A group of school children is on a visit to Tapovanam, a mini-forest spread across five acres of land in Kandaloor in Alappuzha district, and Saranya, a post-graduate student, is busy explaining them about the rich source of medicinal and exotic plants and rare trees of the man-made forest.
Saranya is among the third generation family who toiled to make a dry sandy land into a serene forest. Chattering birds, occasional appearance of small creepers and colourful butterflies add to the beauty of Tapovanam. Trees carry names and a footpath has been earmarked for visitors with cloth pieces. Three generations toiled to build this. “I want to keep the flame alive,” said Saranya.
Even at the ripe age of 88 Devaki Amma has a massive appetite for green- she, her daughter, granddaughter and family members are busy cataloguing the precious collection of trees and plants for the generation next. Despite her failing health she makes a couple of rounds to the forest every day.
“Devaki Amma has been relentlessly working towards protecting biodiversity by bringing and nurturing plants from various parts of India. Her contribution toward the environment has been a driving force of change,” said former President Ramnath Kovind while presenting her Nari Shakti award in 2018.
True, people talk about carbon emission and climatic change feverishly these days but Devaki Amma has been telling about the need to neutralise carbon footprints and need to expand green cover for four decades.”My love for planting trees blossomed in 1980 when I met with a car accident which restricted my movement. When I started planting people laughed at me saying it was a futile exercise as soil near coast was sand-laden and ground water was also salty. I took it as a challenge and nurtured my trees,” she explained.
Her daughter Prof Thankamony D, a retired environmental engineering teacher from the College of Engineering in Thiruvananthapuram, said whenever relatives and others come from foreign countries her mother asks only for saplings. “Mother’s undying spirit and enthusiasm forced me to take environmental engineering, a new subject those days,” she explained. “My mother taught us nothing is impossible if you really crave for a cause. Now Tapovanom is home to more than 3,000 different trees and saplings,” she said. Now Thankamony conducts lectures and seminars regularly to uphold green cause held tightly by family.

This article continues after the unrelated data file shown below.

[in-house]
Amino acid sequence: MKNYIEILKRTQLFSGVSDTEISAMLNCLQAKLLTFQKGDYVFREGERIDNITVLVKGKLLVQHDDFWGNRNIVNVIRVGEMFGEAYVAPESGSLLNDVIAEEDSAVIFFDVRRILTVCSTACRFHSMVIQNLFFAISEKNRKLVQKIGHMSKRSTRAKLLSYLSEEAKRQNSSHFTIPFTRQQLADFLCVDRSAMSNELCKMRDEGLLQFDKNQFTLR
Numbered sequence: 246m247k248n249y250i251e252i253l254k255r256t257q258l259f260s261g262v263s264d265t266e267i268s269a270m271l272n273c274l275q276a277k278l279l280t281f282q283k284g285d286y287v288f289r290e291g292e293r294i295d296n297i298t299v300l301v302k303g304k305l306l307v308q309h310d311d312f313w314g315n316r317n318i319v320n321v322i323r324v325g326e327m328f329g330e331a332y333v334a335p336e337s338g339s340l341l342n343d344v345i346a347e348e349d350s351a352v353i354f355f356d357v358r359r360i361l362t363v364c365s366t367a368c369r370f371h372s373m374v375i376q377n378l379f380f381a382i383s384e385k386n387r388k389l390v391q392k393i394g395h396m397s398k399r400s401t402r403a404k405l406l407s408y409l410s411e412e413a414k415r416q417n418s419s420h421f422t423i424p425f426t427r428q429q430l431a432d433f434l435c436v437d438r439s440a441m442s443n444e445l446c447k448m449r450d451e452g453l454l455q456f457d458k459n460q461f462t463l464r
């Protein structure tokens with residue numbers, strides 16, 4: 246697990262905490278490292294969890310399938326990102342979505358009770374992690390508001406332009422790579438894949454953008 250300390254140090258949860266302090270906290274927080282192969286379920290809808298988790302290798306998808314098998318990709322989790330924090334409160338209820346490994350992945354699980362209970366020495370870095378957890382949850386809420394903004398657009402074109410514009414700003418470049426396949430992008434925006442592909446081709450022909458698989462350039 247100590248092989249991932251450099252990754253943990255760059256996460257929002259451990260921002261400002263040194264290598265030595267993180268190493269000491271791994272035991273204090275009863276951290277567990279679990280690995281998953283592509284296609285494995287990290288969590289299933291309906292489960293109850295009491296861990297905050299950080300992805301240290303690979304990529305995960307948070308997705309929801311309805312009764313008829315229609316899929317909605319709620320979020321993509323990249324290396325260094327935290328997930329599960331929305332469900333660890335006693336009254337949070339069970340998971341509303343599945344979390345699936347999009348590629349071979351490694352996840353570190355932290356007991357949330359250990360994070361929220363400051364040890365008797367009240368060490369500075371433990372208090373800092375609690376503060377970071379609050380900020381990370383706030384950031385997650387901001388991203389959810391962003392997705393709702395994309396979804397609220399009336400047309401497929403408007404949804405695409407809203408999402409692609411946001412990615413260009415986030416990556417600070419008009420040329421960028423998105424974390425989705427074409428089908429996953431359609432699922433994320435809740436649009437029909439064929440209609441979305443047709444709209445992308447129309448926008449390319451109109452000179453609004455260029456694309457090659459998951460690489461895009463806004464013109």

Mahogany, tamarind, gulmohur, pine, silver oak, bamboo and many medicinal plants and creepers form part of the lush forest and Amma uses only organic manure to aid their growth. A couple of ponds, an old kavu (temple) and a big cattle shed with many cows add to the serenity of the man-made forest. “Planting trees is an effective way of minimising carbon foot print. My mother popularised the concept long back and continues to strive for green cause,” she said adding that people will have to change their concept about preservation and development.
“For many, a vacant land is a favourite dumping yard. At times even water bodies were not spared, sewage waste was often dumped at my place. Everyone should think nature belongs to all and all are duty-bound to protect it,” said Devaki Amma adding she was not against cutting trees but at the same time one should plant at least double the number of trees cut and preserve them. She said like planting, preserving also matters a lot.
“Due to lush forest many water bodies in the area rarely gets dry and quality of water also improved. It is a selfless and non-remunerative service and many youngsters imbibe true spirit from it,” said N Rajagopal, a lawyer and former panchayat vice president of Kandaloor.
“It was a sandy soil and nutritional content was very low. Literally the family made impossible possible through their dedication and hard work. Green warriors, they are a role model for many,” said agricultural scientist G S Unnikrishnan Nair.
Besides Nari Shakti, Devaki Amma is a recipient of many honours including Indira Priyadarshini, Vrikshamitra and the state government’s Vanamitra awards. With so many awards and honours in her basket what makes Devaki Amma happy is that young generation of her family is keeping her flame alive.